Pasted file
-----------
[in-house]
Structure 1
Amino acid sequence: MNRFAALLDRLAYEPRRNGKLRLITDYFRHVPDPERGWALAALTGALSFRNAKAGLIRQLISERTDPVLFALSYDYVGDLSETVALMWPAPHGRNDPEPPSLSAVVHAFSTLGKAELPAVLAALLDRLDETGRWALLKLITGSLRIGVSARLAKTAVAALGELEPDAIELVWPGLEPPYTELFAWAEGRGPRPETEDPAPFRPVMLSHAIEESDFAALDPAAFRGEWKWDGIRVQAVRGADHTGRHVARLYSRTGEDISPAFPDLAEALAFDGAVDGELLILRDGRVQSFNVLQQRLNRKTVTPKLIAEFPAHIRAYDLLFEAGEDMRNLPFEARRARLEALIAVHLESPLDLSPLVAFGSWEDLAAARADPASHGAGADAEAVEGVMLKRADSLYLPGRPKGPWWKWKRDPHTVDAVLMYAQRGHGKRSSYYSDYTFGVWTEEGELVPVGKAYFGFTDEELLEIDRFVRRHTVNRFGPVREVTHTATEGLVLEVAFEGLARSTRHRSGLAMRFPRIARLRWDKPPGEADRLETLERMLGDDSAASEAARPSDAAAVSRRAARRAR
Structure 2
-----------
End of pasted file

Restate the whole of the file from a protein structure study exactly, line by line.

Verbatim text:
[in-house]
Structure 1
Amino acid sequence: MNRFAALLDRLAYEPRRNGKLRLITDYFRHVPDPERGWALAALTGALSFRNAKAGLIRQLISERTDPVLFALSYDYVGDLSETVALMWPAPHGRNDPEPPSLSAVVHAFSTLGKAELPAVLAALLDRLDETGRWALLKLITGSLRIGVSARLAKTAVAALGELEPDAIELVWPGLEPPYTELFAWAEGRGPRPETEDPAPFRPVMLSHAIEESDFAALDPAAFRGEWKWDGIRVQAVRGADHTGRHVARLYSRTGEDISPAFPDLAEALAFDGAVDGELLILRDGRVQSFNVLQQRLNRKTVTPKLIAEFPAHIRAYDLLFEAGEDMRNLPFEARRARLEALIAVHLESPLDLSPLVAFGSWEDLAAARADPASHGAGADAEAVEGVMLKRADSLYLPGRPKGPWWKWKRDPHTVDAVLMYAQRGHGKRSSYYSDYTFGVWTEEGELVPVGKAYFGFTDEELLEIDRFVRRHTVNRFGPVREVTHTATEGLVLEVAFEGLARSTRHRSGLAMRFPRIARLRWDKPPGEADRLETLERMLGDDSAASEAARPSDAAAVSRRAARRAR
Structure 2